In Which Wonderduck Complains About Audiobooks
As the three Pond Scum members remaining will recall, I work in a job that allows me... nay, friggin' requires me... to have something to distract my brain from the repetitive task I perform for 9-12 hours/day. Music was a good way to start but even with over 500 songs on the mp3 player, you start to hear the same songs over and over again.
This is not helped when the mp3 player in question loses its place when you have it on "random" and you press pause to go use the little ducks' room. Further, it's almost like the memory has a groove worn in it, because it seems to go back to the same songs repeatedly. The bad thing is, it's not the same songs every time. Today it might be this, that and the other... but tomorrow it'll be penguin, ocelot, and serval. So I can't even count on that. No complaints, but it does get a bit tedious.
So the next step was audiobooks. These have proven to be a mixed bag. On the plus side, some of them are long enough to last me a whole week of work. On the minus, dear god have these people never performed before? I can count on the fingers of one had just how many audiobooks I've listened to that do a good job on actually understanding what the author wrote. Just as an example of what I'm talking about, a few months back I listened to the audiobook of Starship Troopers.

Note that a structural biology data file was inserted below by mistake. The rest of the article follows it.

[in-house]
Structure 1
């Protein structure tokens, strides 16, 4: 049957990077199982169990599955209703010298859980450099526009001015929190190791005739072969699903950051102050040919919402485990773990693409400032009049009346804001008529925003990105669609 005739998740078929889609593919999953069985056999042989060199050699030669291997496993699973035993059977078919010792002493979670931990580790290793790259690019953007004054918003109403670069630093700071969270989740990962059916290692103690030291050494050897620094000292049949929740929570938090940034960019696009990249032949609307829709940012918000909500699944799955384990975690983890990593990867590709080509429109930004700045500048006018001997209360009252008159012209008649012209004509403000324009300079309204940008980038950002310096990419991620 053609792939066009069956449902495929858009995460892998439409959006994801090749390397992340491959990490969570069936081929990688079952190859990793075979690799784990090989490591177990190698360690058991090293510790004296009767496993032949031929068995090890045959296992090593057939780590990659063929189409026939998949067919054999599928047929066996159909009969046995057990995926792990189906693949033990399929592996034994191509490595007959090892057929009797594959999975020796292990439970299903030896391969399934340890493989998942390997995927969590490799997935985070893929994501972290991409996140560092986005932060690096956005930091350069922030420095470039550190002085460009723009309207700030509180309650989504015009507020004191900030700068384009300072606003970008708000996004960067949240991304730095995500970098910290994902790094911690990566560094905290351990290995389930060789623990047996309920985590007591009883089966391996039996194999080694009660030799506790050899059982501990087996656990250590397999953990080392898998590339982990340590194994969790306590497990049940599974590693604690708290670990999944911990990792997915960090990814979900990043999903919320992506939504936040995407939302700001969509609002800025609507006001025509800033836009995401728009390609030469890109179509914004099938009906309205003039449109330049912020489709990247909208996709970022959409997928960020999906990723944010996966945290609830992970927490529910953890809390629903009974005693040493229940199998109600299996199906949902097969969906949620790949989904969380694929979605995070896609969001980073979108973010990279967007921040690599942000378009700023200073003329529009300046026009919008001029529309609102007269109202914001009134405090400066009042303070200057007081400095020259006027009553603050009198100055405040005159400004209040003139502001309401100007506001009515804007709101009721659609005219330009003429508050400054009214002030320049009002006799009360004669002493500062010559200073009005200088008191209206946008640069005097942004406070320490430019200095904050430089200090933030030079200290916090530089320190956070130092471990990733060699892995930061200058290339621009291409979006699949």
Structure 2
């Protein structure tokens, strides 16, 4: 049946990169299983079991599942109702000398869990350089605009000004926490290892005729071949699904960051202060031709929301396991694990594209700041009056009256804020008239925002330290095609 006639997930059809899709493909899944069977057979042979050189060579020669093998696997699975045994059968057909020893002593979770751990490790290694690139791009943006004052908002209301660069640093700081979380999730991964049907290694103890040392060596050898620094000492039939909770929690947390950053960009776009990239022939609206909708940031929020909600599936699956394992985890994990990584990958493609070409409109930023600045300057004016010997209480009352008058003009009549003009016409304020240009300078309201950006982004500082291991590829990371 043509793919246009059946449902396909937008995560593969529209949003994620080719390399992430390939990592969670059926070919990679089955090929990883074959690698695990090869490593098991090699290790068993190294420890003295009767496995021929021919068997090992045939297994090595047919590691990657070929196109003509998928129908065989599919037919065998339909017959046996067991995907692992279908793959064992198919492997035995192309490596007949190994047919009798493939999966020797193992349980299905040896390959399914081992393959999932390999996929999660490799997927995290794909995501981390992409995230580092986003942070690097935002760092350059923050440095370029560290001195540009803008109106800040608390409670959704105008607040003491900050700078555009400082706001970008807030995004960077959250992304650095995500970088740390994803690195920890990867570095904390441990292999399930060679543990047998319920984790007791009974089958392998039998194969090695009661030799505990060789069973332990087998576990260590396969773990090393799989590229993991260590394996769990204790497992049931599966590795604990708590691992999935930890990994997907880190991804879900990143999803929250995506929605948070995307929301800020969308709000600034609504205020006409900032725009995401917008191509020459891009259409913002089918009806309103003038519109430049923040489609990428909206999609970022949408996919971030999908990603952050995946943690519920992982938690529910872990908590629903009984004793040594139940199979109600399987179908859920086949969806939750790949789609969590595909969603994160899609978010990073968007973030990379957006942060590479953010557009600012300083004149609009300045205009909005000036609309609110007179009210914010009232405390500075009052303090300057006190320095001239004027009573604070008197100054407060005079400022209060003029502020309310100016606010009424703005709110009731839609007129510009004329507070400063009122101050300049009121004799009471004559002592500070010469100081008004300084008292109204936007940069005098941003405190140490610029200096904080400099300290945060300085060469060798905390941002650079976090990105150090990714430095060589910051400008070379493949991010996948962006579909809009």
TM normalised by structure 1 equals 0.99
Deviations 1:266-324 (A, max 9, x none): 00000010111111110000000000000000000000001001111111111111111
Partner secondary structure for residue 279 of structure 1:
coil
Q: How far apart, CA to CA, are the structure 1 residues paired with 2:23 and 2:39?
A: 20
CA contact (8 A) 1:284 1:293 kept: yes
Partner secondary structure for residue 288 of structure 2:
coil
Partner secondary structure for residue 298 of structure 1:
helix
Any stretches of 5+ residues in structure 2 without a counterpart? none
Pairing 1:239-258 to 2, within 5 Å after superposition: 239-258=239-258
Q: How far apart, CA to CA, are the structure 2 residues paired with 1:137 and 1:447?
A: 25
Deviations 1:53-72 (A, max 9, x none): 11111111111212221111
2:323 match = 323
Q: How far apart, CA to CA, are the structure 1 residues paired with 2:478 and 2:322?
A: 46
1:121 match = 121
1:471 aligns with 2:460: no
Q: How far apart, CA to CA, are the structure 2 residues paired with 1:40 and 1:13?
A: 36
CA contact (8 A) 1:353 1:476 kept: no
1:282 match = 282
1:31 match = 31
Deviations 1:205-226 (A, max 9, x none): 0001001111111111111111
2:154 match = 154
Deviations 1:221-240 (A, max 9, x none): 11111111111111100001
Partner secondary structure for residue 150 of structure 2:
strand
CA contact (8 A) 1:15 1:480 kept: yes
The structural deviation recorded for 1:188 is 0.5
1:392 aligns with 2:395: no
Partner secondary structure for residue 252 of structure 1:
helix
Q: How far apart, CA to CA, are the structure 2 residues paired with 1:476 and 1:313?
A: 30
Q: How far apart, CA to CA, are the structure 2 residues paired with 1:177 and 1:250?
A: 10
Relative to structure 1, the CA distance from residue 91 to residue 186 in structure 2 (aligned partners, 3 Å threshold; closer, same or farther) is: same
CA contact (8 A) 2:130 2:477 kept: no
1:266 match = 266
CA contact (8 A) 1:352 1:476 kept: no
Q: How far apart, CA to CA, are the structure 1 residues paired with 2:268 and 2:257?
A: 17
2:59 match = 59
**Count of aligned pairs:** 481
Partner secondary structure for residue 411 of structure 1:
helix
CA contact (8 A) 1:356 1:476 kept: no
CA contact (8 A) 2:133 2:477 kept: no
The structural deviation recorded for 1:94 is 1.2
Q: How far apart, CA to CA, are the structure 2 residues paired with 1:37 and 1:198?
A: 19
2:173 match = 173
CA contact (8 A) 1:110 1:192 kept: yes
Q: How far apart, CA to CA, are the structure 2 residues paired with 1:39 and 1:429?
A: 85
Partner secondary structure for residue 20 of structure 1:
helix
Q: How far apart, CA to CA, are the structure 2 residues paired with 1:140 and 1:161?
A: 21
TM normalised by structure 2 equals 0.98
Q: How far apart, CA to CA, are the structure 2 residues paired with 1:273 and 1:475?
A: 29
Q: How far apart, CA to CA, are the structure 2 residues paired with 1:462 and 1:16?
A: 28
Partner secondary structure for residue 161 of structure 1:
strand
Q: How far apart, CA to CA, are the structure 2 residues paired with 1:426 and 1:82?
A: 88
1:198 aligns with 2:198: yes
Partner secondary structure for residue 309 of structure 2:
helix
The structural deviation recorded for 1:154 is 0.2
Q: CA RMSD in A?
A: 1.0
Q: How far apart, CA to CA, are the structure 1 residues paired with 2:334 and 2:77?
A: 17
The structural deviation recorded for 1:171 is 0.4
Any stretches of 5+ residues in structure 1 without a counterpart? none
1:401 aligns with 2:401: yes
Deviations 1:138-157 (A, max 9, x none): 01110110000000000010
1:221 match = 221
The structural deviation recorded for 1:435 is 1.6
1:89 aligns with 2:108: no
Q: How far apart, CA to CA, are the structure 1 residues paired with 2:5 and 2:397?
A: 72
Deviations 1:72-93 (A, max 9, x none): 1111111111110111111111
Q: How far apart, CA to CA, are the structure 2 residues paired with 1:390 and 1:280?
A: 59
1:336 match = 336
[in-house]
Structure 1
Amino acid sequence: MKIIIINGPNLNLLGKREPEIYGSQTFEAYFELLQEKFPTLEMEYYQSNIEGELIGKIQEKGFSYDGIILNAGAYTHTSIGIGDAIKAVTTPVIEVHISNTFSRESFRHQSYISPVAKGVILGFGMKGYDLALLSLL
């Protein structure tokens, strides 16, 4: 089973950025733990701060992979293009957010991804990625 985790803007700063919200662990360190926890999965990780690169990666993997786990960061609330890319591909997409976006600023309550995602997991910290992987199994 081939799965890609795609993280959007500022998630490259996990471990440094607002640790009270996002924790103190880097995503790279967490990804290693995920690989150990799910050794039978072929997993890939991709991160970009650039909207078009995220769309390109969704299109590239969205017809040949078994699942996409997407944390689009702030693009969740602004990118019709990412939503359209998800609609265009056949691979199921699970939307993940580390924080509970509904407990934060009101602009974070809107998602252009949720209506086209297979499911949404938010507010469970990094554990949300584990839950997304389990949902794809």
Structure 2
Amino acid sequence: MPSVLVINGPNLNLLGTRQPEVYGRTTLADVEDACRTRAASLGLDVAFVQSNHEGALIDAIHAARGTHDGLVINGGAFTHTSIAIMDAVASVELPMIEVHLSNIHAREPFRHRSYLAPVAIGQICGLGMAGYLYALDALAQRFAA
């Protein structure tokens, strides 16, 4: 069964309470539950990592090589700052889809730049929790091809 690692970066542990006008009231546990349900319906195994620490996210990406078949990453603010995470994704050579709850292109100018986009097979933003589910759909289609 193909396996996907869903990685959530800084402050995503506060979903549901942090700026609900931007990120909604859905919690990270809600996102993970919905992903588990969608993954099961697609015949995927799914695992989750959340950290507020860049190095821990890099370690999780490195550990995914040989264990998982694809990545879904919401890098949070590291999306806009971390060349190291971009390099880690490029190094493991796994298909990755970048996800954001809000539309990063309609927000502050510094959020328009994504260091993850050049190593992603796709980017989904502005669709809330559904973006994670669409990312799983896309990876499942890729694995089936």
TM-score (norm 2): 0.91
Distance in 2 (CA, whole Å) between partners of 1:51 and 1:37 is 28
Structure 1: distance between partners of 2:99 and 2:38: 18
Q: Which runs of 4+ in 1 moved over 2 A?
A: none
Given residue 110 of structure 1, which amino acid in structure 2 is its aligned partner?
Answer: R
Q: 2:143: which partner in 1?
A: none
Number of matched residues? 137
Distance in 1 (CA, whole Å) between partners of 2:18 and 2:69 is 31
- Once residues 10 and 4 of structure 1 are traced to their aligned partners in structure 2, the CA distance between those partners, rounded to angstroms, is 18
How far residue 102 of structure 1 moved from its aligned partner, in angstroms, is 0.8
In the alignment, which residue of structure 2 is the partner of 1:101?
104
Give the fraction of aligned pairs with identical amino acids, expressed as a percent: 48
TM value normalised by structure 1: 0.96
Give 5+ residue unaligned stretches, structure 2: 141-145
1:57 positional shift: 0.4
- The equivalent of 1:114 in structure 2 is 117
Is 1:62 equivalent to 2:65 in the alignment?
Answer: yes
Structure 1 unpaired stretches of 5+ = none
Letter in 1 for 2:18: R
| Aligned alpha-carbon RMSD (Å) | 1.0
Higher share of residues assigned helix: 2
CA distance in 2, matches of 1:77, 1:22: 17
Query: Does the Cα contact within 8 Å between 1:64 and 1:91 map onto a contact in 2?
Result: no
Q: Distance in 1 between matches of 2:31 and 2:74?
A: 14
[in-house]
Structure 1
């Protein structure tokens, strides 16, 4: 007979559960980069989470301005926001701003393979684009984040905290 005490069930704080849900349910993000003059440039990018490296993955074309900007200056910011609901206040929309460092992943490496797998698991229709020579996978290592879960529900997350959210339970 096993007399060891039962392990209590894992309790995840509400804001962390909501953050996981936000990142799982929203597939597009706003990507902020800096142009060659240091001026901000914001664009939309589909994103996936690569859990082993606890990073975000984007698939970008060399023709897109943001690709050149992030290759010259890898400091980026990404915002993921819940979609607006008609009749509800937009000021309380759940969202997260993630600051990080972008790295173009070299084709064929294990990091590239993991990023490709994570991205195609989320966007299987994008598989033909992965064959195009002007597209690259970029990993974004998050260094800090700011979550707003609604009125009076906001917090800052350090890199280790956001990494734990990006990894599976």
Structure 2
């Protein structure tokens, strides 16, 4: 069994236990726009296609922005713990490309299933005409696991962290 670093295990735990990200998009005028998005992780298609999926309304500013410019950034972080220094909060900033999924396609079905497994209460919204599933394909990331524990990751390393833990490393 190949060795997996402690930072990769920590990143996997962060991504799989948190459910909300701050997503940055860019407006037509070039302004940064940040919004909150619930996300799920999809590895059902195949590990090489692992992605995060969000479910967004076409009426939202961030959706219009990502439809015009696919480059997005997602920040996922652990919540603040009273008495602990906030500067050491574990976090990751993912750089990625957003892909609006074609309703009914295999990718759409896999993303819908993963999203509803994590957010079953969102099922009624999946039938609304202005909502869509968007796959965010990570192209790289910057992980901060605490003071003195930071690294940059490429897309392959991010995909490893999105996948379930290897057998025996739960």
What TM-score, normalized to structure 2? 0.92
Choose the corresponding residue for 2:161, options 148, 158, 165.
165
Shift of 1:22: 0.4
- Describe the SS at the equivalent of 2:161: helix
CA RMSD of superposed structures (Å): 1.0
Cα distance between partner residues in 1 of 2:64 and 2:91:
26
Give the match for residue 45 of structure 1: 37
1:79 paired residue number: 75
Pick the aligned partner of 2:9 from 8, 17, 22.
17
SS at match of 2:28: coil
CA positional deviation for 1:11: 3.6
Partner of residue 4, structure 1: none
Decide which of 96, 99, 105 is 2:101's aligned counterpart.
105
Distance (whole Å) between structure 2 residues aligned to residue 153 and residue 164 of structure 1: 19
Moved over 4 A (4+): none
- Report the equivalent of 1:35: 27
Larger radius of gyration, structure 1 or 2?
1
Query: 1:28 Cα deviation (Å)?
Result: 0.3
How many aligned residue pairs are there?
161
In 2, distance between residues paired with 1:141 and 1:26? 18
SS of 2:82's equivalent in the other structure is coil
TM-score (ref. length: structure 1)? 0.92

Now, this is my favorite Heinlein novel, which means it's on the very short list of my favorite books. I cannot say how many times I've read it over the past 40 years... if you told me 100, I wouldn't be surprised. I know this book inside and out, is what I'm trying to tell you. It is at least theoretically possible that the man who did the audio reading had read the book before. I wouldn't put any money on it, but it's possible. Anybody who can read the line "C'mon you apes, do you want to live forever?" and make it sound like an actual question simply doesn't have a grasp on the subject material. And speaking of grasping, what they did to The Mote In God's Eye and the sequel, The Gripping Hand, is simply criminal. The reader does do a good job of differentiating voices, so points for that. Unfortunately, his interpretation makes it sound like everybody in the cast hates everybody else. Captain Roderick Blaine's relationship with his navigator, Kevin Renner, is completely and totally antagonistic, full of snarling and gnashing of teeth. Which is weird, because when I read it Renner was a much more lighthearted rogue trader, and Blaine the Navy captain/aristocrat that puts up with him. I'm fairly sure the reader took his cue from one line: "Blaine decided that he didn't like his navigator." If true, he blew it completely.
It's amazing just how common this is. Almost completely forgot the most egregious example: Robert Asprin's Phule's Company! If you've read it, you know it's a comedy novel. It's supposed to be funny. Somehow, the reader turned Willard Phule, aka Captain Jester, into a typical military man. Sorta puts a damper on the whole rest of the novel, y'know?